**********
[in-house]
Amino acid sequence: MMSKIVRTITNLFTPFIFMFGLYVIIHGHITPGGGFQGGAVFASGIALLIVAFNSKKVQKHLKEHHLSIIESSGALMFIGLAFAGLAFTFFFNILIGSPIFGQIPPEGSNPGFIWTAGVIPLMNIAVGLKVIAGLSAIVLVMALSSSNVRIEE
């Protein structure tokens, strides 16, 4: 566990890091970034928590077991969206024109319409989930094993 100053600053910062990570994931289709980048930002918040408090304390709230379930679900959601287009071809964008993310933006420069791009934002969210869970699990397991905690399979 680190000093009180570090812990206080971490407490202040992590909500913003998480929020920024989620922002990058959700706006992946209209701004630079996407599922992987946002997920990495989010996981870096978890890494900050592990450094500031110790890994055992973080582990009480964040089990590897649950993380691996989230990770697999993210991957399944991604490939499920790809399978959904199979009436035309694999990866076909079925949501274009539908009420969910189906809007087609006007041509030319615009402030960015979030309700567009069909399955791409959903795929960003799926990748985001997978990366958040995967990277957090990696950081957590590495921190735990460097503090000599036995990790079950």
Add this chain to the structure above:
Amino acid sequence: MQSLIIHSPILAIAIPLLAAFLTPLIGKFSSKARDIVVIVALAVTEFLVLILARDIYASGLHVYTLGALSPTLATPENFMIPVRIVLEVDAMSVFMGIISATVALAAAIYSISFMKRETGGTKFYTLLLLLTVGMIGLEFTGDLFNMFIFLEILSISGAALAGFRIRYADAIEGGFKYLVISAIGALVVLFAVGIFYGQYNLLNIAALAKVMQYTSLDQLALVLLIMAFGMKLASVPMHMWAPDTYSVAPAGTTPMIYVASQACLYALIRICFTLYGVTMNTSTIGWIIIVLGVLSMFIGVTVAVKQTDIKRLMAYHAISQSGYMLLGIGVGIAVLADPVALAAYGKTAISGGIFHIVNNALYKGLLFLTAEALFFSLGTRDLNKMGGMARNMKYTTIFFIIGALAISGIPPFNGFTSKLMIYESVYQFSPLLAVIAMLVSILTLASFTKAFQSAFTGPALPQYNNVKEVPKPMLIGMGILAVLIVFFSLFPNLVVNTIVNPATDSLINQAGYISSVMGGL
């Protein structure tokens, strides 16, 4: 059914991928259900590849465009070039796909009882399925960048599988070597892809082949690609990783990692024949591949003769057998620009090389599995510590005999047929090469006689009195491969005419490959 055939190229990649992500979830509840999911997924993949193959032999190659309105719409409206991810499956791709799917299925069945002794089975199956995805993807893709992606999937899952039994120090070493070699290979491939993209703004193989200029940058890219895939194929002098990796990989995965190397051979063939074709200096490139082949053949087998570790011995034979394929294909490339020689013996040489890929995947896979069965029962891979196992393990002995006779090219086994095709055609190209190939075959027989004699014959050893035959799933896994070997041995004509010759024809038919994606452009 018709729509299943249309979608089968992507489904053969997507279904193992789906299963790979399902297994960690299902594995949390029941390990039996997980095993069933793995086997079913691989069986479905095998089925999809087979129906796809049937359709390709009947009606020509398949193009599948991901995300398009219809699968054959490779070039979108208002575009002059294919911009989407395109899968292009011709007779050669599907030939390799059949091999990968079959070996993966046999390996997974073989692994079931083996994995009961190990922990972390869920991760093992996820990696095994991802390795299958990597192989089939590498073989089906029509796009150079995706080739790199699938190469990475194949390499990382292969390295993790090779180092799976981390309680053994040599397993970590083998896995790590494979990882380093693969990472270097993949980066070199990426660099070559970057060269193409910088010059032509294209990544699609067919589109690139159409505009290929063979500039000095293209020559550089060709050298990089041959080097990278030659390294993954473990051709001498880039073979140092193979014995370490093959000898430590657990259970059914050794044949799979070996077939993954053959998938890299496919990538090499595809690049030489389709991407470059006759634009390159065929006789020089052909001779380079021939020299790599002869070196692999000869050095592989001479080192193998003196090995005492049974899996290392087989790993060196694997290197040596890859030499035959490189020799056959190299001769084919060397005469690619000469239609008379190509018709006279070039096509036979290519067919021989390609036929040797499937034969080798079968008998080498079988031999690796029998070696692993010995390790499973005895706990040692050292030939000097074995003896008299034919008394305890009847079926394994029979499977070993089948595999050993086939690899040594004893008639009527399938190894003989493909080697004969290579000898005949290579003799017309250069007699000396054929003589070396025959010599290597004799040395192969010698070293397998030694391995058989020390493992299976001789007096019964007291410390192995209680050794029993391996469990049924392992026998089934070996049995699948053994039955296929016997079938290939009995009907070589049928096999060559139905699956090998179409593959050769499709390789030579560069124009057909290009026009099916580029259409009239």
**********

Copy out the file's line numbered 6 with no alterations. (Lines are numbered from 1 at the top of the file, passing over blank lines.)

């Protein structure tokens, strides 16, 4: 059914991928259900590849465009070039796909009882399925960048599988070597892809082949690609990783990692024949591949003769057998620009090389599995510590005999047929090469006689009195491969005419490959 055939190229990649992500979830509840999911997924993949193959032999190659309105719409409206991810499956791709799917299925069945002794089975199956995805993807893709992606999937899952039994120090070493070699290979491939993209703004193989200029940058890219895939194929002098990796990989995965190397051979063939074709200096490139082949053949087998570790011995034979394929294909490339020689013996040489890929995947896979069965029962891979196992393990002995006779090219086994095709055609190209190939075959027989004699014959050893035959799933896994070997041995004509010759024809038919994606452009 018709729509299943249309979608089968992507489904053969997507279904193992789906299963790979399902297994960690299902594995949390029941390990039996997980095993069933793995086997079913691989069986479905095998089925999809087979129906796809049937359709390709009947009606020509398949193009599948991901995300398009219809699968054959490779070039979108208002575009002059294919911009989407395109899968292009011709007779050669599907030939390799059949091999990968079959070996993966046999390996997974073989692994079931083996994995009961190990922990972390869920991760093992996820990696095994991802390795299958990597192989089939590498073989089906029509796009150079995706080739790199699938190469990475194949390499990382292969390295993790090779180092799976981390309680053994040599397993970590083998896995790590494979990882380093693969990472270097993949980066070199990426660099070559970057060269193409910088010059032509294209990544699609067919589109690139159409505009290929063979500039000095293209020559550089060709050298990089041959080097990278030659390294993954473990051709001498880039073979140092193979014995370490093959000898430590657990259970059914050794044949799979070996077939993954053959998938890299496919990538090499595809690049030489389709991407470059006759634009390159065929006789020089052909001779380079021939020299790599002869070196692999000869050095592989001479080192193998003196090995005492049974899996290392087989790993060196694997290197040596890859030499035959490189020799056959190299001769084919060397005469690619000469239609008379190509018709006279070039096509036979290519067919021989390609036929040797499937034969080798079968008998080498079988031999690796029998070696692993010995390790499973005895706990040692050292030939000097074995003896008299034919008394305890009847079926394994029979499977070993089948595999050993086939690899040594004893008639009527399938190894003989493909080697004969290579000898005949290579003799017309250069007699000396054929003589070396025959010599290597004799040395192969010698070293397998030694391995058989020390493992299976001789007096019964007291410390192995209680050794029993391996469990049924392992026998089934070996049995699948053994039955296929016997079938290939009995009907070589049928096999060559139905699956090998179409593959050769499709390789030579560069124009057909290009026009099916580029259409009239």